Today was the big day, the culmination of years of dithering and debate. I woke up early, grabbed a cup of coffee, muttered the standard protests, and proceeded to a prestigious and historic hospital widely perceived to be one of the best in the world.
The doctor performed a perfunctory examination, looking at my palms and knuckles, measuring my head, scribbling notes on paper. Then she folded her hands together, looked mournful, and intoned the results of a DNA test performed to confirm the genetic disorder I was diagnosed with in 1983:
I stared at the doctor. She stared at me. There was a long pause, then she said “This is quite a mystery.”
I raised my eyebrows, thinking, no fucking kidding mate.
The doctors in Cambridge were so exquisitely sure the result would be positive they refused to run the test. The doctors in London only agreed because I hassled them and because testing for symptoms routinely and in perpetuity seems a little, well, wasteful. Not to mention the fact that the tests themselves are harmful to healthy people.
“Of course,” the doctor continued, “you are still diagnosed. . . symptomatically.”
Yeah, well, whatever. This is, at best, sleight of hand. If DNA sequencing cannot confirm I have the mutation known to be the cause of the disorder, we actually know less now than we did last week.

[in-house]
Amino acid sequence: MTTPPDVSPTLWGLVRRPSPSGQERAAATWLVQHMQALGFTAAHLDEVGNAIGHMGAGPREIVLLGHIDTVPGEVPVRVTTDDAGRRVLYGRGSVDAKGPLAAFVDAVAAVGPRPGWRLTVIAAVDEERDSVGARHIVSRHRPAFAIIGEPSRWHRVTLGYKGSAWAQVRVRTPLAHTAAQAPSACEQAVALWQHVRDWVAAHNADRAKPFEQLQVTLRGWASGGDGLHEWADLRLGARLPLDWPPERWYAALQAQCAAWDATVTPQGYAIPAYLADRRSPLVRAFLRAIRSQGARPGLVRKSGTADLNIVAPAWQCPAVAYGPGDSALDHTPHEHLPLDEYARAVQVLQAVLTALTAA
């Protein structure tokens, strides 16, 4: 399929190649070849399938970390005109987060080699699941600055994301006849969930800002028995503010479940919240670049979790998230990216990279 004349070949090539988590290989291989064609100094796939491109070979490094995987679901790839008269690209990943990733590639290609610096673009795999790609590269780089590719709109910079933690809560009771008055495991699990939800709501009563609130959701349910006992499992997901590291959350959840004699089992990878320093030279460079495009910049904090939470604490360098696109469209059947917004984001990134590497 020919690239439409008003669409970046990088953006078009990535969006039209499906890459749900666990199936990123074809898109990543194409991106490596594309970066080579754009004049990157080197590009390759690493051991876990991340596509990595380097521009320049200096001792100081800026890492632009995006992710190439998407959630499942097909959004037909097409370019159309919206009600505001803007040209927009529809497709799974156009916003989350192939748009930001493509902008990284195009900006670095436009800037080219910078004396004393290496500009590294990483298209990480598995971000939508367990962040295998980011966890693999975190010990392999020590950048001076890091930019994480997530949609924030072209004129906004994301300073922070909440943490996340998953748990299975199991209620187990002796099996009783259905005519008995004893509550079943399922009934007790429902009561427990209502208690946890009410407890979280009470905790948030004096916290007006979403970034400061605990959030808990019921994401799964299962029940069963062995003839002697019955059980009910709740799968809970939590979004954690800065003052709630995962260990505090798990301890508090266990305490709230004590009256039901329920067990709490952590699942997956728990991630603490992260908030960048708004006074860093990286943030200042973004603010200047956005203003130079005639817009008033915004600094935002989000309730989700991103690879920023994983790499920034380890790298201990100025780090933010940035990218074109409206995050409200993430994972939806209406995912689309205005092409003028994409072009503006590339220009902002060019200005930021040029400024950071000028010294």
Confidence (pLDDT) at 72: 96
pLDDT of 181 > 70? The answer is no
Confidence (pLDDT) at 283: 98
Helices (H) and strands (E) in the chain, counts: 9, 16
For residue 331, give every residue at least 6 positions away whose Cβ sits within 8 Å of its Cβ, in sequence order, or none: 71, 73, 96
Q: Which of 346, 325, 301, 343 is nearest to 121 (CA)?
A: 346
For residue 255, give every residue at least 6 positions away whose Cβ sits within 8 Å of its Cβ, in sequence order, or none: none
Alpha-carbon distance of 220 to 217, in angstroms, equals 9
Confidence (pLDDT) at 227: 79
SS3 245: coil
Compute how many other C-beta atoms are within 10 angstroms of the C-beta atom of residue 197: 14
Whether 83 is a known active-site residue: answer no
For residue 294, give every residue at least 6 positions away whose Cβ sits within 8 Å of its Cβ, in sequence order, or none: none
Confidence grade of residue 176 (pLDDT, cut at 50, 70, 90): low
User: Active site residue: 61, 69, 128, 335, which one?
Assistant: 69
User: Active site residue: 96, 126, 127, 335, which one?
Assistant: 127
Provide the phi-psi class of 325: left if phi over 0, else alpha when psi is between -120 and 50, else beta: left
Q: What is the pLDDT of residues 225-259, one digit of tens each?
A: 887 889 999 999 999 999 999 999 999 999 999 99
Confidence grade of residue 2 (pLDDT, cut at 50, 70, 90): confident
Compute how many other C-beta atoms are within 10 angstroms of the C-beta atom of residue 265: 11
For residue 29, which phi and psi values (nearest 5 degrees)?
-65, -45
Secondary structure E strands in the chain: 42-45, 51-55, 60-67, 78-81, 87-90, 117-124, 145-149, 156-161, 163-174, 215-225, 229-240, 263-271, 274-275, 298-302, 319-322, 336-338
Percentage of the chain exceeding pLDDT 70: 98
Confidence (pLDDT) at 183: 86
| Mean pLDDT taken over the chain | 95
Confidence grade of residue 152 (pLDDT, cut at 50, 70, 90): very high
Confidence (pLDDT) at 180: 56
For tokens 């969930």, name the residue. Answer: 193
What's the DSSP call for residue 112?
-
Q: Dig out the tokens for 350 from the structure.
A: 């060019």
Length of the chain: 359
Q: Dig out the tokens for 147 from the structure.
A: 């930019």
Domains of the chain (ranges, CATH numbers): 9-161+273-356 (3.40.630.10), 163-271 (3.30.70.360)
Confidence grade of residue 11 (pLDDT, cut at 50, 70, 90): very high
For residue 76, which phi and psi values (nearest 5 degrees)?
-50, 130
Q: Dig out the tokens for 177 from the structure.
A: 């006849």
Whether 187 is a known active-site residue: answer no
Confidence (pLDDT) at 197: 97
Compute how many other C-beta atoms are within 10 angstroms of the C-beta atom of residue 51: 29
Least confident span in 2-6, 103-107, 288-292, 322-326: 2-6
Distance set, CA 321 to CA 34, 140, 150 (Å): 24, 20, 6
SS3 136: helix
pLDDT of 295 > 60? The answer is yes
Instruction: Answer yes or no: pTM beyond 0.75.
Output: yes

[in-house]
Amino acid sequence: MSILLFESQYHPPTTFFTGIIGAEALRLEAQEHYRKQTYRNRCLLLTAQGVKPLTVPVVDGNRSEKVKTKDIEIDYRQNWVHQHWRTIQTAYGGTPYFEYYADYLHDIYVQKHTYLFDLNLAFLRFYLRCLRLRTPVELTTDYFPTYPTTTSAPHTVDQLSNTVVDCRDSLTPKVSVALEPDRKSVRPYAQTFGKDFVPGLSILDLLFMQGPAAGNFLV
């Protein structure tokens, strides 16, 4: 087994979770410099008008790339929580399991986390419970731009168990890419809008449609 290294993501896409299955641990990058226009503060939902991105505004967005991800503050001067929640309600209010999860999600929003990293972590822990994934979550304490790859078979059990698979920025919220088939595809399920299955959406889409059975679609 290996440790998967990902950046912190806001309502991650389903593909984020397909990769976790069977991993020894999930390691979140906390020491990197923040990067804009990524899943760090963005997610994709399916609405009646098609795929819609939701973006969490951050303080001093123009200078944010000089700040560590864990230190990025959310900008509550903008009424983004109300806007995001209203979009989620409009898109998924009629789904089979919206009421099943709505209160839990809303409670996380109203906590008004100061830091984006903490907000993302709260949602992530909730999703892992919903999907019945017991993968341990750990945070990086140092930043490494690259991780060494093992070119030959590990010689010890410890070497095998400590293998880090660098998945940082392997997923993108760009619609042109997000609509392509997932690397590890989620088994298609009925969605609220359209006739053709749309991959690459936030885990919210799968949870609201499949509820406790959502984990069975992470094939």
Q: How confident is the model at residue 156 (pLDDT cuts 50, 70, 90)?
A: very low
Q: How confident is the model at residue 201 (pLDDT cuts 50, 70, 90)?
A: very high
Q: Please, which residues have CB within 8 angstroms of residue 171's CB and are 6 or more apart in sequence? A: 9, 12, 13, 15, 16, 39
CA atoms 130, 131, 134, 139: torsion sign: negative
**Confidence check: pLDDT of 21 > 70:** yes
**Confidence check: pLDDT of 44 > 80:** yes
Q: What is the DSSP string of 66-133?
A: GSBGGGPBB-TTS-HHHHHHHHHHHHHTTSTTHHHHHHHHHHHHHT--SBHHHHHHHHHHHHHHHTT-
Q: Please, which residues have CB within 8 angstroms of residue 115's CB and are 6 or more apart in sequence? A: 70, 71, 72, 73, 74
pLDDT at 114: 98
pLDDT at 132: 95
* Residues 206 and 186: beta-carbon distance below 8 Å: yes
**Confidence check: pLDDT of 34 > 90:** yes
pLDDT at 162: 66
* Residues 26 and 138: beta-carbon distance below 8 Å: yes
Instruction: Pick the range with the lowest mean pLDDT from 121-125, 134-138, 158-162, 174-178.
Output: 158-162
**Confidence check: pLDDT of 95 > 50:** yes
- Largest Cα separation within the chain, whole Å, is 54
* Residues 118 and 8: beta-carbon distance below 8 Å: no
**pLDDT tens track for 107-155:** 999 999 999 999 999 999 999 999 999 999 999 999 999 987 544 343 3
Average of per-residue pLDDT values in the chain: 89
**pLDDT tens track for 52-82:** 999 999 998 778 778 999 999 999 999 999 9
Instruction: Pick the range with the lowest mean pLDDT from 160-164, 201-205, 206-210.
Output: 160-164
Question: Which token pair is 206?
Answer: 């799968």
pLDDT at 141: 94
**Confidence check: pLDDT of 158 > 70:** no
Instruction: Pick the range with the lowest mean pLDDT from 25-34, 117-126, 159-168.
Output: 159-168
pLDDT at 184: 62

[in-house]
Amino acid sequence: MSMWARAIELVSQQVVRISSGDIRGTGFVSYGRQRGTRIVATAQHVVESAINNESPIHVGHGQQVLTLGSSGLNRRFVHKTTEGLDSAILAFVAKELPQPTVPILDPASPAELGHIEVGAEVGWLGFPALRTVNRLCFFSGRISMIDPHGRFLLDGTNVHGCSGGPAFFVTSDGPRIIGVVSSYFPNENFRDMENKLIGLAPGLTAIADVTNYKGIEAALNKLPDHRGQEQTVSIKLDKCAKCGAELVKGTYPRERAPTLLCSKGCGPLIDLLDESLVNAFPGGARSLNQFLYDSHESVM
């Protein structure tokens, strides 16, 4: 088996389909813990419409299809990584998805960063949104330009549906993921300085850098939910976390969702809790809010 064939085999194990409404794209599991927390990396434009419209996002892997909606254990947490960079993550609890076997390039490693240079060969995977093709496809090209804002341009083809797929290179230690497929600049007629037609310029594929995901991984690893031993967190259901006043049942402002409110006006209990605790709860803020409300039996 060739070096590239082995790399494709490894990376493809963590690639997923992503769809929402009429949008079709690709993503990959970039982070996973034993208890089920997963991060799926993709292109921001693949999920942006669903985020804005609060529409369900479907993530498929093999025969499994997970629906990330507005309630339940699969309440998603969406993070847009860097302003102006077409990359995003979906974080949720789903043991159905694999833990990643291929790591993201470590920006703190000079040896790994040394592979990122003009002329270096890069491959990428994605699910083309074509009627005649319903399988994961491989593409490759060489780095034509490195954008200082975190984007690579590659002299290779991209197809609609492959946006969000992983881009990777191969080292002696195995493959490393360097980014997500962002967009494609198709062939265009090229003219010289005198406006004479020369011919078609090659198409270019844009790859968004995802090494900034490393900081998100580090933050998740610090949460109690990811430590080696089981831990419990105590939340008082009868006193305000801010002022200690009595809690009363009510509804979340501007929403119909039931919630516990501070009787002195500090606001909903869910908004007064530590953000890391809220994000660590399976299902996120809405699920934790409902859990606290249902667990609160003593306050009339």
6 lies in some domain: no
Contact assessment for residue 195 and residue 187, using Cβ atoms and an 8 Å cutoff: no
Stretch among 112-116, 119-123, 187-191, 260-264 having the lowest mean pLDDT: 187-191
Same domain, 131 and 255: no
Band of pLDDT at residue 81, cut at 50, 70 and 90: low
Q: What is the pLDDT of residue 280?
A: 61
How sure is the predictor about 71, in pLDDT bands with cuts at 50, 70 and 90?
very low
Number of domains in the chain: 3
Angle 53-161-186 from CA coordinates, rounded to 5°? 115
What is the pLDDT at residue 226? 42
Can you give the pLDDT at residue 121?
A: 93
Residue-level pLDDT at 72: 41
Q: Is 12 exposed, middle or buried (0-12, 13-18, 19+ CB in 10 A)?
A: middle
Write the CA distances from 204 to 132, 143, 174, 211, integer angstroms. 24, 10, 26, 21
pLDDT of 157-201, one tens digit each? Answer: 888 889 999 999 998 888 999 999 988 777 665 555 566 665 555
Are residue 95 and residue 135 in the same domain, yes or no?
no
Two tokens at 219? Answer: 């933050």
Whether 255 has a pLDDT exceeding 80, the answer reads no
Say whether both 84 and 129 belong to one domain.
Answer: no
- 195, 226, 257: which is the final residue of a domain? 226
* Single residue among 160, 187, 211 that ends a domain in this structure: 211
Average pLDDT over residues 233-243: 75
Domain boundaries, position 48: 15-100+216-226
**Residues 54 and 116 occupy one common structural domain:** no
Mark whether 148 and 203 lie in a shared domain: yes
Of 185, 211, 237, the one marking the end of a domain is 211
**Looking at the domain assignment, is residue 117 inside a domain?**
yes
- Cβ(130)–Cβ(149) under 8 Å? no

Why? Because I only meet two criteria of the autosomal dominant genetic disorder they tested for. Critically, the diagnosis stamped in my chart does not explain a myriad of other symptoms. It might be the cause of my skin cancer, but it is not the cause of my primary cancer.
From the perspective of specialists in various fields, it is categorically impossible to have the specific type of cancer I was diagnosed with at age twelve, unless it can be attributed to radiation exposure – and that is something my childhood doctors insist did not happen. The only other viable explanation is a different autosomal dominant genetic disorder. And hey presto! I have three of the criteria for that one!
But if I’m diagnosed with a single autosomal dominant genetic disorder, the experts say I cannot have two, because it is “statistically improbable.”
And now the genetic tests say I do not have the genetic disorder I remain diagnosed with.
What are the odds of that?
One possible answer to the conundrum is that I have “something else that nobody has a name for yet.” That at least is more rational than “we don’t want to think about it.”
I am so tired of this I am barely able to sit through the appointments, but I go back, year after dreadful year.
Why? Because until we find a definitive narrative, I will be forever cursed not just with ambiguity but also with extensive, invasive, exploratory tests. Just in case.
The logical and appropriate choice would be for the doctors to order a test for the only other known disorder that can cause the primary cancer.
Like the kids say, DUH.
The doctors have steadfastly refused to run the second test because, you know, because. They have a hunch? Inkling, suspicion, belief?
I stared at the doctor. She stared at me.
She turned around and ordered the new test.